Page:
Dylan Moran: What It Is

Opera House, Wellington

10/05/2009 - 10/05/2009

Auckland Town Hall, Auckland

08/05/2009 - 08/05/2009

NZ International Comedy Festival 2007-09, 2013

Production Details


Book at THE EDGE 0800 BUYTICKETS (0800 289842)  www.buytickets.co.nz 

Book at TICKETEK 0800 TICKETEK (0800 842 5385) www.ticketek.co.nz

Tickets on Sale Thursday 5th March
For bookings & full information, visit www.comedyfestival.co.nz

Dylan Moran, star and creator of TV’s BLACK BOOKS is back with a brand new stand up show – WHAT IT IS.  Moran’s legendary rants have sold out across the world, cementing this unkempt wordsmith’s reputation as one of the foremost comics of his generation.

Likened to Dave Allen and labeled THE OSCAR WILDE OF COMEDY, Dylan is unpredictable, bizarre, elegiac, often cruel but above all painfully funny.  Moran sees through the joys and disappointments of human existence with the sensibility and intense perception of a man teetering on the edge.  He chews life up and coughs it out.

"Joyous, in a bitter sort of way….." SUNDAY TIMES

"Dylan Moran makes you laugh so hard you have to put you head between your knees and gasp for air" THE OBSERVER

Known for his absurd observation and unique brand of dry humour, Moran is a master of comedy, combining his talents as an actor, writer and performer to incredible effect.

Born in Ireland in 1971, Dylan left school at 16 without any qualifications.  He quickly became attracted to stand up comedy and debuted in 1992 at a comedy club in Dublin.  A year later he won the Channel 4 Newcomers "So You Think You’re Funny Award’ at the Edinburgh Festival and began developing his comedy routines into a one man show for which he won the prestigious Perrier Comedy Award in 1996.  His success at the Edinburgh Festival led him to performing at international stand up comedy festivals around the world.

In 2000 Channel 4 commissioned Dylan for the sitcom BLACK BOOKS.  He wrote and starred in three series (18 episodes) of this award winning television series.  Dylan co-starred with popular British stand up BILL BAILEY, who toured his sell-out show TINSELWORM around Australia in 2008 for Adrian Bohm Presents.

BLACK BOOKS sees Moran play a character close to his stand up comedy persona; an unsociable misanthrope, reminiscent of he John Cleese character Basil Fawlty, that shares a great love of wine with one of razor sharp put downs on all things human.  His character Bernard Black’s often-surreal views on everyday things and on human behaviour are close to his stand up persona’s view of the world.

MORAN is unpredictable, startling, bizarre, but above all brilliant and hilariously funny.   It’s important not to be fooled by this gentle Irishman’s unkempt appearance, benign expression and softly spoken brogue.  Watching MORAN perform is an exhilaratingly unpredictable ride.  At one moment an unexpectedly long silence has the audience in nervous suspense, then, suddenly they erupt into hysterical laughter.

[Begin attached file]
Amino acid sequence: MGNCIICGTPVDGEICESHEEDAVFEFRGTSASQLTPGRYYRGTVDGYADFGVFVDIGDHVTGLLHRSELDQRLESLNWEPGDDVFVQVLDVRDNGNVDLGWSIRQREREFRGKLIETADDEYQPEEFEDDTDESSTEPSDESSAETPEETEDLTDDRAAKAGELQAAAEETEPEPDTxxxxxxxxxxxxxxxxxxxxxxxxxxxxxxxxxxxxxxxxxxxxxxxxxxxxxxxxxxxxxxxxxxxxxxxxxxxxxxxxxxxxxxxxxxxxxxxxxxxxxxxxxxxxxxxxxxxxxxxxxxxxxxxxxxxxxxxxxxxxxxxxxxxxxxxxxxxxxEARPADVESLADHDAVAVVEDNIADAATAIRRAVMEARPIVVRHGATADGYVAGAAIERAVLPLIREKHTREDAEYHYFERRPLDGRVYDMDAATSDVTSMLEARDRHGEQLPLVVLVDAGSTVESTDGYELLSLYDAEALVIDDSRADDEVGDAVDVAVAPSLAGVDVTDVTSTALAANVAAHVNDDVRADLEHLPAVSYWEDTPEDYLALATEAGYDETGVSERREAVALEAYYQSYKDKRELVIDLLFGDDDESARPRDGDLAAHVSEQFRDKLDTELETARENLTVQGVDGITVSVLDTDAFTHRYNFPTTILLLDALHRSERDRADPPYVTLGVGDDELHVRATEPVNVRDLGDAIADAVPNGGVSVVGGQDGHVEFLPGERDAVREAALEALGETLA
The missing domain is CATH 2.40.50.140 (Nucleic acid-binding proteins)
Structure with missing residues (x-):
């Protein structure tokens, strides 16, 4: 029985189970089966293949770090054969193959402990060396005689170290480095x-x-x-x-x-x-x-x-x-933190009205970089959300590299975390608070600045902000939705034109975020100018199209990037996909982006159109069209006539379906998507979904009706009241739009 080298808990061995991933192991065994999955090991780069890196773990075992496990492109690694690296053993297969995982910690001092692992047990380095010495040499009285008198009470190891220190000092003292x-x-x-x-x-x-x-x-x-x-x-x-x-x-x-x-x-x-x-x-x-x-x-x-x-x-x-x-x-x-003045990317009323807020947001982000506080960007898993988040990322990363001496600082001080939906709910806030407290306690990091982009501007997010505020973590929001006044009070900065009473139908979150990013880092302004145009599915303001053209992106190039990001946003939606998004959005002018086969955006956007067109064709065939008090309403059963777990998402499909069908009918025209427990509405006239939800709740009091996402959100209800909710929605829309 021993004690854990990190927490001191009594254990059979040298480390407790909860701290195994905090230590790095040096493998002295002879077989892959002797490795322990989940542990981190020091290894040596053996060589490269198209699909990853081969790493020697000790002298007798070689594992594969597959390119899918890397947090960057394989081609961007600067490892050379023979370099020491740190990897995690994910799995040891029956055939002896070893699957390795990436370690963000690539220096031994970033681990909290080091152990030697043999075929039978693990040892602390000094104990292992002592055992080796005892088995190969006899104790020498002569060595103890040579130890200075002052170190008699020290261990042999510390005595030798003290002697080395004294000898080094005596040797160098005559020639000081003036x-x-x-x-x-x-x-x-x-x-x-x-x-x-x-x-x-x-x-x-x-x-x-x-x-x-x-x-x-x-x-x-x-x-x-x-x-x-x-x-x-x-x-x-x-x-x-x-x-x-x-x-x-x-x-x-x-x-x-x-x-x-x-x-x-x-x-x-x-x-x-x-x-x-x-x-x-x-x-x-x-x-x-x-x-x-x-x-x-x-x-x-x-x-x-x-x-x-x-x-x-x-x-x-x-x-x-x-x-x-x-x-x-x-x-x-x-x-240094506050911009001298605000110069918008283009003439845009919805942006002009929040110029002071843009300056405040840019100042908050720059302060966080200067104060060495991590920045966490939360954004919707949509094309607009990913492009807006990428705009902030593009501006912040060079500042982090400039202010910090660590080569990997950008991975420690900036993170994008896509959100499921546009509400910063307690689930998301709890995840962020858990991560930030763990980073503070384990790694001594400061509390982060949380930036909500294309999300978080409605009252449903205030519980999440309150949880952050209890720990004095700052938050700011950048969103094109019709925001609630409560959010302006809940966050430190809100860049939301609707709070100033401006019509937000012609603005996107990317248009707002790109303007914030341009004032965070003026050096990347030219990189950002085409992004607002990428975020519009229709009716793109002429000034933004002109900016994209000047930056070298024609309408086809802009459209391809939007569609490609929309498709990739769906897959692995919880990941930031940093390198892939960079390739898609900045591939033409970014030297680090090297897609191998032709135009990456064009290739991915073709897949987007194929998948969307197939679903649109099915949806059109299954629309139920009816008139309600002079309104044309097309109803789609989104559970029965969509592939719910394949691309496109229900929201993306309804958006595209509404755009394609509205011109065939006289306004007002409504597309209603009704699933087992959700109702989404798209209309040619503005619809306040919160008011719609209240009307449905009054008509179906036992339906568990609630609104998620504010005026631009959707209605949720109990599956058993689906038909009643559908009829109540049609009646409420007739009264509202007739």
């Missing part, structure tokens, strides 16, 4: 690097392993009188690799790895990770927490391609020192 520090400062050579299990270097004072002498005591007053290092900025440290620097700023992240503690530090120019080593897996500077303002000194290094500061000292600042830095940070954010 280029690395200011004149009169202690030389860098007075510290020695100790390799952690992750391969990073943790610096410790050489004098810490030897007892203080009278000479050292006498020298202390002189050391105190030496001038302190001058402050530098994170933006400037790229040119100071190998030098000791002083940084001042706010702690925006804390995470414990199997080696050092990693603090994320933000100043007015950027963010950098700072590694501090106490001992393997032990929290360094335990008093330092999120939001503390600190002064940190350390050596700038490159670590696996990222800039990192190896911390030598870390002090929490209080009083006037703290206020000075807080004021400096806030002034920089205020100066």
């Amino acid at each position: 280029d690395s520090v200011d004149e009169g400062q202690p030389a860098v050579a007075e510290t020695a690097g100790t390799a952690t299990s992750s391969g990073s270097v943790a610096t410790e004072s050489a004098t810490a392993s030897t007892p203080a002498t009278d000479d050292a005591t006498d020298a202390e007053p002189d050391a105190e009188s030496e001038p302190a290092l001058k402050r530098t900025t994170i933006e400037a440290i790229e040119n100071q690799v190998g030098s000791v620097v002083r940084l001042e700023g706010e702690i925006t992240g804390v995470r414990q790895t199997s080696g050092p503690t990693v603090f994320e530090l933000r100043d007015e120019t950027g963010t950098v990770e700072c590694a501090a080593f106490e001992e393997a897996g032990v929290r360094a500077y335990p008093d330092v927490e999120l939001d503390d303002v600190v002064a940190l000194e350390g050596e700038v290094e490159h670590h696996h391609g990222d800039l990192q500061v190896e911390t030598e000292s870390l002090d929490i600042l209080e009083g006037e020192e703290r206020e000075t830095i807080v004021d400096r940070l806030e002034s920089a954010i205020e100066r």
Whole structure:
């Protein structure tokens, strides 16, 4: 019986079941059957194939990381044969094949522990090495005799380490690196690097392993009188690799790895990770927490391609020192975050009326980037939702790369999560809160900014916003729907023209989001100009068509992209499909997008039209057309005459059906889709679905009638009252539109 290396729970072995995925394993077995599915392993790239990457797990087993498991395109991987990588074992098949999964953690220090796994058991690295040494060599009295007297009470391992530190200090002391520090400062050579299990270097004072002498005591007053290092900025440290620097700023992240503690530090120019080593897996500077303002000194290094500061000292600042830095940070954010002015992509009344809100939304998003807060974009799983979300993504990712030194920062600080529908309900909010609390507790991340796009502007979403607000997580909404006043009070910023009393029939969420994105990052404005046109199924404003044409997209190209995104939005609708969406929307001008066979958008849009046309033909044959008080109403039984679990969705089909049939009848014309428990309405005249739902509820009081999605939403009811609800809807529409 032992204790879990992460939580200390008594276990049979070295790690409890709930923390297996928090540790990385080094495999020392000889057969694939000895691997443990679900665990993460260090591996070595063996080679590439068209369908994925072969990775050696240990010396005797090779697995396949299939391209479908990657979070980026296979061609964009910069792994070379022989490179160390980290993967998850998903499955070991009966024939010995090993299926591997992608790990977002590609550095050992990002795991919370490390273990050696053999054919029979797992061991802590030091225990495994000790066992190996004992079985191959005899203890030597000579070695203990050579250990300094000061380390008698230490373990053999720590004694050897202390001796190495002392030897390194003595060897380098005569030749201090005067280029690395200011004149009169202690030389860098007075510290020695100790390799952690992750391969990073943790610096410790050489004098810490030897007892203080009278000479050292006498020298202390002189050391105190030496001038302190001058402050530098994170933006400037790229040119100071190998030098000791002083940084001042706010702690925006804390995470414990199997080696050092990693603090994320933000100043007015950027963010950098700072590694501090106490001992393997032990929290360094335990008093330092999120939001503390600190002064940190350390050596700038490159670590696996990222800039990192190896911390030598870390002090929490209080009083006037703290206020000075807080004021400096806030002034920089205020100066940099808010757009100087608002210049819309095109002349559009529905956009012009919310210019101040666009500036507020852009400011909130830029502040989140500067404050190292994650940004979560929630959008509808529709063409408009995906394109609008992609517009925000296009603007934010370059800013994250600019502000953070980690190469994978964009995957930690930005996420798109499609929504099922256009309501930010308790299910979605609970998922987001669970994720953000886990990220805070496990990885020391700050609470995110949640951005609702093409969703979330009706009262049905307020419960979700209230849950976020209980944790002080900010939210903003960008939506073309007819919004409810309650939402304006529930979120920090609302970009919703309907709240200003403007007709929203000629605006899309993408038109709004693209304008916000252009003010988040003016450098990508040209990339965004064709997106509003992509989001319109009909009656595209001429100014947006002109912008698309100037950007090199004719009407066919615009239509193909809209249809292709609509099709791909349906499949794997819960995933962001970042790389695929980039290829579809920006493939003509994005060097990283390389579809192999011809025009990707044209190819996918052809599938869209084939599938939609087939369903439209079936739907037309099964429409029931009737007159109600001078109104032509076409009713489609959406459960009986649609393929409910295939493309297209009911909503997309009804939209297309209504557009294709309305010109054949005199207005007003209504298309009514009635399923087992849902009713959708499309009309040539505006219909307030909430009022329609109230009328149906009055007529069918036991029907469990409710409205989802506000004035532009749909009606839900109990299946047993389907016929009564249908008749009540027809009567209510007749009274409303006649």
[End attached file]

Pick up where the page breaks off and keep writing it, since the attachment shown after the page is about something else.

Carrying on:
DYLAN is a man whose career has meandered as much as his unfettered, whimsical monologues. Dylan starred alongside SIMON PEGG in the must-see blockbuster SHAUN OF THE DEAD and RUN FAT BOY RUN and with Michael Caine and Michael Gambom in the film THE ACTORS. He played Rufus in NOTTING HILL, achieved critical acclaim in the comedy drama HOW DO YOU WANT ME?, hit the big screen as DR SLOP in the highly-anticipated Michael Winterbottom  movie A COCK AND BULL STORY and his 2008 release A MOVIE WITH ME IN IT, a black comedy thriller directed by Ian Fitzgibbon.

DYLAN MORAN is effortlessly comfortable in the medium of stand-up.  In this guise he takes you on an unpredictable journey that shifts fluidly from surreal fantasy to acerbic observation via linguistic gymnastics and flashes of the sublime.  The effect is overwhelmingly funny and unforgettable.

Don’t miss your chance to see the Perrier Award Winning DYLAN MORAN during this 3rd New Zealand tour with his fantastic new stand up show WHAT IT IS.

So funny, it’s painful’ THE OBSERVER

‘Simply superb… clever, eccentric, funny and articulate’ RADIO TIMES

"He’s one of a kind" THE DAILY TELEGRAPH

"While other comedians wrestle with getting older, this does not seem to be an issue for Dylan Moran.  As he hurtles middle age his curmudgeonly schtick is sharper, more focused and more resonant than ever.  At 37 going on 73, the shambling Irishman could be entering his golden age" EVENING STANDARD  



Moran opens his own black books

Review by Simon Sweetman 13th May 2009

Dylan Moran has such a following now that he can get away with almost anything. It is as if his audience is split between 50% who have been told to go and see Dylan Moran by the other 50% waiting for a version of Bernard Black from Black Books.